A Life Lived: Merle Irick did two things well: working and giving

Published 4:27 pm Tuesday, September 21, 2021

BY ROZELLA HARDIN
Editorial Director
rozella.hardin@elizabethton.com
It’s hard to beat a person who never gives up. Merle Irick was that kind of person. She excelled at work and giving.
Merle could do almost anything she set her mind to do. She was a retired truck driver, driving big rigs for 13 years – sometimes with double trailers. She was also a decent auto mechanic, good enough that she worked on her own car and kept it running.
In addition to those chores, she was a wife and mother, raised a garden, and at one time, when she lived in Oregon, Merle and her husband, Jack had a farm on which they raised chickens, hogs, and cattle. “They had 300 hogs and a bunch of cows,” said Merle’s daughter, Lynn.
She noted that when they lived in Oregon, her mother also worked for a brief time in a shrimp factory, picking shrimp and cracking crabs. Another time, Merle and Jack ran a 24-hour service station. Both worked a 12-hour shift; one did the day shift, and the other night shift.
“My mom was not afraid of work. In addition to work outside the home, she raised us kids, and was very involved in her church,” Lynn added.
Merle died Sept. 1 at the age of 82. She grew up in the Elk Mills Community and was the daughter of Norman and Louise Miller Church. She was one of seven children. Three brothers and a sister preceded her in death.
Merle married her sweetheart shortly after graduating high school, and had her four kids in about four years. “We were close together in age, but we also were best friends growing up,” said son, Larry, who now lives in Tazwell, Va. Lynn lives in Elizabethton, and a second brother, Jeff lives in Oak Ridge. A third son, Thomas is deceased.
Although most would consider gardening work, for Merle it was a fun thing to do. She also enjoyed fishing. “She was a hard worker and tough as nails, but she was a very gentle and giving person,” said Lynn.
The family moved back to Elizabethton from Oregon in 1969, and Lynn and her siblings attended school at East Side, T.A. Dugger Jr. High, and Elizabethton High. “We were poor in some ways, but rich in other ways. Our needs were always met, and we had plenty to eat, warm clothes to wear in the winter, and loving parents. I remember when I was in the fourth grade and it was nearing Thanksgiving, a friend I were playing outside at recess. It was cold and my friend wore only a sweater.  I asked her where her coat was, and she said she didn’t have one. I remembered crying and telling my mother about it when I went home from school. My mother later took that friend and her younger brother shopping and bought them a warm coat and shoes. A few days later, she made a Thanksgiving dinner and took it to their home. That was the kind of person my mother was. Many Thanksgivings she made dinner not only for us, but dinner for another family as well,” said Lynn.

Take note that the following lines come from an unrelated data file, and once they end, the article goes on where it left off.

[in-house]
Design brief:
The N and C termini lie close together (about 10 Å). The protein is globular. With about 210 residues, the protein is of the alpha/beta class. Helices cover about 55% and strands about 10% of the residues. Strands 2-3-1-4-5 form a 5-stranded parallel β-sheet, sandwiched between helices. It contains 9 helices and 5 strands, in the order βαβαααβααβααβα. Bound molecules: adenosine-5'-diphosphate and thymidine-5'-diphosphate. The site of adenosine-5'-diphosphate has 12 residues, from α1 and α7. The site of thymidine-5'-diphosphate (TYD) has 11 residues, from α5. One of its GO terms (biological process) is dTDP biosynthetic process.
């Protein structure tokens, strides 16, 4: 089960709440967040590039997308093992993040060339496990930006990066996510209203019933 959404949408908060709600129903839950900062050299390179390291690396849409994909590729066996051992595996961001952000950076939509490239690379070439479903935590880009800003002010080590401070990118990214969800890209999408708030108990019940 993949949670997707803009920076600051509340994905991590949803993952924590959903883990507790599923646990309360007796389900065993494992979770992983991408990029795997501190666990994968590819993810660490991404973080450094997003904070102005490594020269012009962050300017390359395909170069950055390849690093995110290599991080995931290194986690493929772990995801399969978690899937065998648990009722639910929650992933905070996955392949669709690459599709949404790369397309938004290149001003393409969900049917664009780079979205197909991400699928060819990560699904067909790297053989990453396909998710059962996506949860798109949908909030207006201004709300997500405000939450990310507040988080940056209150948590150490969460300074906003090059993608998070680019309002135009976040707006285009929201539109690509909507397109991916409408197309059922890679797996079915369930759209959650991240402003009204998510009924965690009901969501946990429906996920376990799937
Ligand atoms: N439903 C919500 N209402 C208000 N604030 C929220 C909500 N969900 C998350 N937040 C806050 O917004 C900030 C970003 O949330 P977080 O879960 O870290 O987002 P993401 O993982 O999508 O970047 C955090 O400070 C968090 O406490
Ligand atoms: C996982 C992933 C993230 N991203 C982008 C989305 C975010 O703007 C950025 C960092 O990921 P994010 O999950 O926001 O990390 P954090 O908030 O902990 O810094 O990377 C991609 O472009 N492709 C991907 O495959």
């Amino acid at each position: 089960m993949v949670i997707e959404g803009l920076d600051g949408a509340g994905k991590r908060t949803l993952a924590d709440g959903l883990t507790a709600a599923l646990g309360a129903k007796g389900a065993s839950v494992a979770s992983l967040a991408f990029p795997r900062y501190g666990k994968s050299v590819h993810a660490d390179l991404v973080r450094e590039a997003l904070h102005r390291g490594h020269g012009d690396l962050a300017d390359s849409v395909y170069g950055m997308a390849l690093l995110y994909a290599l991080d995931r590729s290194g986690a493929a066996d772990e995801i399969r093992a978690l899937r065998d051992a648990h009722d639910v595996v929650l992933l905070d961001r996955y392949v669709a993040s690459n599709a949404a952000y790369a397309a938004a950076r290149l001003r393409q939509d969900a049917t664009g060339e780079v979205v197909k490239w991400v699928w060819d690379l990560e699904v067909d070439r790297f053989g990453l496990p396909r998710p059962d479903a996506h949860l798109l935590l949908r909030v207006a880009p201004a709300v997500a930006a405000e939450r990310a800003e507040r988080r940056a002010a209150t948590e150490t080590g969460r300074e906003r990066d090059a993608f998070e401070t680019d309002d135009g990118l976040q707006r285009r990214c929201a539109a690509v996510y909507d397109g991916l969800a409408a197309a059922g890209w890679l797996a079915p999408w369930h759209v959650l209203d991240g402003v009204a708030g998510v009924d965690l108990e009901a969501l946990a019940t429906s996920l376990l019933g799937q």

“At Christmas we didn’t decorate. Mom took the money we would have spent on decorating and helped needy people with it,” added Larry.
Merle was always involved with children, especially hers. She was a Cub Scout leader, involved in PTA, and her main activity outside the home was her church. She was youth leader at the church for many years, and was over the Helping Hands ministry at Elk Mills Christian Church. “If there was a need, and she knew about it, she found a way for the church to take care of it,” Larry shared. She was also a Sunday School teacher for the teens.
Lynn said her mother was an excellent seamstress, noting that one year when she was a cheerleader, she made all the cheerleader costumes for the squad. One of Merle’s favorite pastimes was making dolls, which a friend sold in her shop. “She gave her dolls personality,” said Lynn.
For a while she worked as a cook at the East Tennessee Christian Home. Lynn and Larry described their mother as a “country” cook. “Her meatloaf, fried chicken, and potato salad were always a favorite at church and family gatherings. She also made good banana pudding,” said Larry
Merle’s minister, described her as a backbone of the church. “I could always count on her to be there when no one else showed up. She was faithful to the church and to the Lord,” said the minister. 
“She was active with the youth, and was always doing for others. That was when she was the happiest, when she was doing for others,” said Lynn.
“My mother had a beautiful singing voice. Every Christmas at church, they would ask her to sing “Little Drummer Boy.”
“She was so scared, she would stand and sing it with her eyes closed,” Lynn shared with a smile.
“There was not much my mother couldn’t do. She was a doer. She was a giver. She was a saint. She taught me and my brothers what it is to love others,” said Lynn in a broken voice.
Merle Irick was that person, who began each day with purpose and intent. She always showed up and never gave up. And, she believed anything is possible if you are willing to work for it.